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Clam, a Musical Mistake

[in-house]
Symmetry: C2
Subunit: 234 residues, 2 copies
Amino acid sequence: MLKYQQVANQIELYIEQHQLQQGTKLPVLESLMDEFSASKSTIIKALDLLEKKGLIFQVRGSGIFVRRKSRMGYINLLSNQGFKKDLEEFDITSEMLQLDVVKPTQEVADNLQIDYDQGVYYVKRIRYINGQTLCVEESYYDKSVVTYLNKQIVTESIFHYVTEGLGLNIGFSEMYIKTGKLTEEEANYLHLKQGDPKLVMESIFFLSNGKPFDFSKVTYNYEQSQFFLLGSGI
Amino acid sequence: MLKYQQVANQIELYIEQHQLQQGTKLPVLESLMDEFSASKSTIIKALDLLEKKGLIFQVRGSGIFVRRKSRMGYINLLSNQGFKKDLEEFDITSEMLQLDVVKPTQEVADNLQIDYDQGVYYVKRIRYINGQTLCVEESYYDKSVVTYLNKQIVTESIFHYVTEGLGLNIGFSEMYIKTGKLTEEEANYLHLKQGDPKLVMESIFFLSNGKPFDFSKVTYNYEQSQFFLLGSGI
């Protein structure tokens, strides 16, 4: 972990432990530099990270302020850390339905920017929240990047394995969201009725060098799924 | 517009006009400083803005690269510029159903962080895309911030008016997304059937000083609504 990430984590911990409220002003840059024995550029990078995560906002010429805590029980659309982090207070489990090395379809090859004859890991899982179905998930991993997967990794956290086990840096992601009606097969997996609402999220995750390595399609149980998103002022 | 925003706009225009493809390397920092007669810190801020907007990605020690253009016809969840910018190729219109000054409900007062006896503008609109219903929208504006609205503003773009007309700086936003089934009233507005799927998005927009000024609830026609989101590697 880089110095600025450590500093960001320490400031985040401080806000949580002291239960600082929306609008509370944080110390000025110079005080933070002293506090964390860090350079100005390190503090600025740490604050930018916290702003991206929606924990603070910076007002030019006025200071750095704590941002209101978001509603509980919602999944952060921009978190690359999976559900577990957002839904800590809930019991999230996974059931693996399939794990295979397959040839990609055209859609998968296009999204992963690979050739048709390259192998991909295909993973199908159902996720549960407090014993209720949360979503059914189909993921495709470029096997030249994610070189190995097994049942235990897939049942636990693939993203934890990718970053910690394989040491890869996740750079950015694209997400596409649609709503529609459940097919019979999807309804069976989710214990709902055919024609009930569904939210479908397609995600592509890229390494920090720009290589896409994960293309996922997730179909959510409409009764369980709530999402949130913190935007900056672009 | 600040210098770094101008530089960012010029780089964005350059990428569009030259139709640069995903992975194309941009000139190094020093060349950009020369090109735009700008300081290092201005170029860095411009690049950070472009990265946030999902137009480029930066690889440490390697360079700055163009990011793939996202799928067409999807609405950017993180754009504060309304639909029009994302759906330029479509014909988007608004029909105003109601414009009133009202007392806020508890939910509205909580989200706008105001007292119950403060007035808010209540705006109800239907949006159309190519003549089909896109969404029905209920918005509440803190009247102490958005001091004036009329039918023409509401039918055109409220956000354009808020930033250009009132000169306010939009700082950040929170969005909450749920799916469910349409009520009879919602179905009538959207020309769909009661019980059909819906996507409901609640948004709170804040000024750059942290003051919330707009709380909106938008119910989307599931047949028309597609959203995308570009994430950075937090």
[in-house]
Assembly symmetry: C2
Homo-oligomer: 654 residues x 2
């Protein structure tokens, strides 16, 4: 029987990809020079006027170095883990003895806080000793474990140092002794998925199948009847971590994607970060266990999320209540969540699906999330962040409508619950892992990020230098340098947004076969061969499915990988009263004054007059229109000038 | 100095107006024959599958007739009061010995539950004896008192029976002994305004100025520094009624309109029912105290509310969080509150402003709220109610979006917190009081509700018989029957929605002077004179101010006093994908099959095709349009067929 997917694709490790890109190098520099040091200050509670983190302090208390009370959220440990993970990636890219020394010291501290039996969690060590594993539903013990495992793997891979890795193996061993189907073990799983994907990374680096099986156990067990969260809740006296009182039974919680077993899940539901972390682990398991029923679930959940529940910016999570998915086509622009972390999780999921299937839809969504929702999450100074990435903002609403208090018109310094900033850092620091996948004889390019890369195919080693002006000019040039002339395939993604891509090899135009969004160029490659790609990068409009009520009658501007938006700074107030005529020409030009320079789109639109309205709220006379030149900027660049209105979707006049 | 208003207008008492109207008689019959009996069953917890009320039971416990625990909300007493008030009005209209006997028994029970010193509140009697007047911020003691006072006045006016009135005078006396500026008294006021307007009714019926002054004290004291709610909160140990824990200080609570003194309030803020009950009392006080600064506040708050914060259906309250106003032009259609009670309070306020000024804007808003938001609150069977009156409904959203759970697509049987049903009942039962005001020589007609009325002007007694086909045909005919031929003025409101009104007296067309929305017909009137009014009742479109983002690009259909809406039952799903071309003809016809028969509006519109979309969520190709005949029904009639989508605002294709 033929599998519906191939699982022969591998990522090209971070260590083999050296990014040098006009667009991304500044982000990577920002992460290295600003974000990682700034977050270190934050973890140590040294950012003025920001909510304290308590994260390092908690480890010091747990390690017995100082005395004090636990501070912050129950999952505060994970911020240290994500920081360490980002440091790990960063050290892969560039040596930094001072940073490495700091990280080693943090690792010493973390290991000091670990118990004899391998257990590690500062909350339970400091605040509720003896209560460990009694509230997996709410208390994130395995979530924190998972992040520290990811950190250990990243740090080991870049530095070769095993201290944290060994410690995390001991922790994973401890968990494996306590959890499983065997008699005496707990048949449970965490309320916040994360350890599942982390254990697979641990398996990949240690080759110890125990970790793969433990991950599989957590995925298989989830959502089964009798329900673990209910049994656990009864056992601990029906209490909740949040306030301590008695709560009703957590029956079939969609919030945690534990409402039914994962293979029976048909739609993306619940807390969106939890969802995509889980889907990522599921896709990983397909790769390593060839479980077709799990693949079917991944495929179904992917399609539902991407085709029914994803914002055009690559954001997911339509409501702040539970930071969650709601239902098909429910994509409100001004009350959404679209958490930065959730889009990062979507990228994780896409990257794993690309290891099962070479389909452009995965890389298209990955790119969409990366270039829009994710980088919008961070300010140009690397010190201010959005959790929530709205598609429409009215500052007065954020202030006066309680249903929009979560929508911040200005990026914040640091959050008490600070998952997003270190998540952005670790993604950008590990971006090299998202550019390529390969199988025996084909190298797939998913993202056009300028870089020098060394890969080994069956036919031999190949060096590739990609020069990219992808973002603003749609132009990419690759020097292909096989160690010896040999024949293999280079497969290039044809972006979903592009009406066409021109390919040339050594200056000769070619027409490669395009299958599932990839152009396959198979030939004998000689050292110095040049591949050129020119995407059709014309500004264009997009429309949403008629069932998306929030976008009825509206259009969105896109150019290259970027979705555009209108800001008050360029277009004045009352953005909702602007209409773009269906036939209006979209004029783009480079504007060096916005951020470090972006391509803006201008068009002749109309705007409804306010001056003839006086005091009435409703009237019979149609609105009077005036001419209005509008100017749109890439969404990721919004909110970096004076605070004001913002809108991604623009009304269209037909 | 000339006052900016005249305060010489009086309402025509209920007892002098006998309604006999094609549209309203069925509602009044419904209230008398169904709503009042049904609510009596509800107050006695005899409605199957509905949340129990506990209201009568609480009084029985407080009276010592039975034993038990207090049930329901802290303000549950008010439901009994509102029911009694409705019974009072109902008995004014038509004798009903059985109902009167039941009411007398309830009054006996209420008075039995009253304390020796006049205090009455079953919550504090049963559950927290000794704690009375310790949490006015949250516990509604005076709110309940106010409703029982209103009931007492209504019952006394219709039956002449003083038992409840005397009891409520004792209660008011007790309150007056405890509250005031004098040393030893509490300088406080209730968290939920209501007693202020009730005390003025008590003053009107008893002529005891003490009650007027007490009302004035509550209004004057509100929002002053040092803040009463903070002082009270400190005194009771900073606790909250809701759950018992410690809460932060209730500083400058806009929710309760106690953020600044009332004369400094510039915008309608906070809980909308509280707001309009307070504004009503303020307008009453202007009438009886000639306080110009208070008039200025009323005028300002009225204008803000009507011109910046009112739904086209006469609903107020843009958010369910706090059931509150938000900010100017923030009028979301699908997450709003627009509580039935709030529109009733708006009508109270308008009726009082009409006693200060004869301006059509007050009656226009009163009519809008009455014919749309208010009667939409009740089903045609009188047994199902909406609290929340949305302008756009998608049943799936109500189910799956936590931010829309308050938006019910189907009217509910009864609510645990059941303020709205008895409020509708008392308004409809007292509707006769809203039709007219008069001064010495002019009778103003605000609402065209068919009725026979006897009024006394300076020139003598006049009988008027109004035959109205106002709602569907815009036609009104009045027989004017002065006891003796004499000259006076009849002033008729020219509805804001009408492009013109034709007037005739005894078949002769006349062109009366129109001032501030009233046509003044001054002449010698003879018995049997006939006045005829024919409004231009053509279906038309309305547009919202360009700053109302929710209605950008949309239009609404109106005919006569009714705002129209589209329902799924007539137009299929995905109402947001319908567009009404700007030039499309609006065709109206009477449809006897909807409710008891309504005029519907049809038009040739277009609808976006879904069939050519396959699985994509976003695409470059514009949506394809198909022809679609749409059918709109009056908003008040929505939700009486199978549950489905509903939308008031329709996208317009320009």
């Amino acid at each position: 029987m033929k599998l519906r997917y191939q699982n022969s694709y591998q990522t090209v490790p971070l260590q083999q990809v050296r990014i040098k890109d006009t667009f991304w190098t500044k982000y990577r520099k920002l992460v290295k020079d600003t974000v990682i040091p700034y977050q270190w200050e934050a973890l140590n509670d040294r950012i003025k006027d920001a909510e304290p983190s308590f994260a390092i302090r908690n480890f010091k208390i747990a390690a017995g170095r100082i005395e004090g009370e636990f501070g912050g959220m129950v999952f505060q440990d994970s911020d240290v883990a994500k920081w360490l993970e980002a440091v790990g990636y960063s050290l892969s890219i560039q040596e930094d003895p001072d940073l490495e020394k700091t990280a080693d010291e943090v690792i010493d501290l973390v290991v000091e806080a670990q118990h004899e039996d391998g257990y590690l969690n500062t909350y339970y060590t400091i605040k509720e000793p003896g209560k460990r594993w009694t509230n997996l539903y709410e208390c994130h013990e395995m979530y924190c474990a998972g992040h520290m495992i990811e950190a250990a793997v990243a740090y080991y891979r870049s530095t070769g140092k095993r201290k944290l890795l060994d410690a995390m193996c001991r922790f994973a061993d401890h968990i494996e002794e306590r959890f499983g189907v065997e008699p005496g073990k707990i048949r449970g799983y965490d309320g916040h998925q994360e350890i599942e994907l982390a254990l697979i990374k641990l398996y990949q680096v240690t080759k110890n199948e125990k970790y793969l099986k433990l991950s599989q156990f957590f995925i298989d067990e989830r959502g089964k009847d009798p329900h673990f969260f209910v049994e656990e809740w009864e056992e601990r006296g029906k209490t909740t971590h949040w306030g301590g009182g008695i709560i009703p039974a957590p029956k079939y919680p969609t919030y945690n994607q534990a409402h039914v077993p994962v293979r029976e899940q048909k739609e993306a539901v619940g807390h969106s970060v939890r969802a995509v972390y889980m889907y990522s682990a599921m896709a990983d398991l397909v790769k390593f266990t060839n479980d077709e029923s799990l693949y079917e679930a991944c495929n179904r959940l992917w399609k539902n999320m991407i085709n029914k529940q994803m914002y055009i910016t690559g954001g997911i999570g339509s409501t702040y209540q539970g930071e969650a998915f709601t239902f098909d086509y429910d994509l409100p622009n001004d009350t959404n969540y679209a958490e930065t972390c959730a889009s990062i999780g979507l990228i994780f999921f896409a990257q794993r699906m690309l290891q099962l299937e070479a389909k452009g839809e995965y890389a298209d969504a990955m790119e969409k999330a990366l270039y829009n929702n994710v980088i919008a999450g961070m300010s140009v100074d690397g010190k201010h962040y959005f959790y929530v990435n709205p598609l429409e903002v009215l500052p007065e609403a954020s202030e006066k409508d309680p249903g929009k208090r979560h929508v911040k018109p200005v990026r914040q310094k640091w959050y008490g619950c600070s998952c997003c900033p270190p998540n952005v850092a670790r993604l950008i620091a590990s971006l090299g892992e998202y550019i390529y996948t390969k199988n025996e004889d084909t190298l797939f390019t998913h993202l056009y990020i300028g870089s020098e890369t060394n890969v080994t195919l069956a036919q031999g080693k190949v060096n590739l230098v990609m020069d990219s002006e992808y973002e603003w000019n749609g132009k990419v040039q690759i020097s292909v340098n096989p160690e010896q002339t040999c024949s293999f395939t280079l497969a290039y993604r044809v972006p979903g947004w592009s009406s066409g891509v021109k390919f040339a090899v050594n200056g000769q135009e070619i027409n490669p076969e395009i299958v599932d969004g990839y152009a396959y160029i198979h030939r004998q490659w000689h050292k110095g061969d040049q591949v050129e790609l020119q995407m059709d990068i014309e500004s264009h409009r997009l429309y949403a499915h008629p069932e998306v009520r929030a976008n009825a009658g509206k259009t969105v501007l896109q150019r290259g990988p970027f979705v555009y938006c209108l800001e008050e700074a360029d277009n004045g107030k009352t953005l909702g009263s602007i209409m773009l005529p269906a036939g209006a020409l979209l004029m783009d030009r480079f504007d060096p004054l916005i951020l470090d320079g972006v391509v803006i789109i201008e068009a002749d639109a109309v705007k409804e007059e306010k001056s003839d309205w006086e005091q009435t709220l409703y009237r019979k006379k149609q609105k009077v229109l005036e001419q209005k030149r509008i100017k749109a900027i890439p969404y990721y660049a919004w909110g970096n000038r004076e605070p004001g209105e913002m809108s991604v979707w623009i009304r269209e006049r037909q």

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Ian in Jacksonville, Florida, wonders about why musicians use the word clam to mean “a mistake” or “an egregious musical error,” as in There are a lot of clams in there or We need to practice where the clams are regarding a musical passage that needs work. Occasionally, it’s used as a verb, as in You clammed. In the 1950s, the term clambake meant a jam with bad vibes. In the 1930s, a clambake was actually a good jam session, but the term went from a positive sense to a negative one, a process that linguists refer to pejoration. It’s possible that the term became skunked, which describes a term so widely used by the general public that the cool people came to disdain it. Robert S. Gold’s A Jazz Lexicon (Amazon) is a helpful resource for the language of jazz. This is part of a complete episode.

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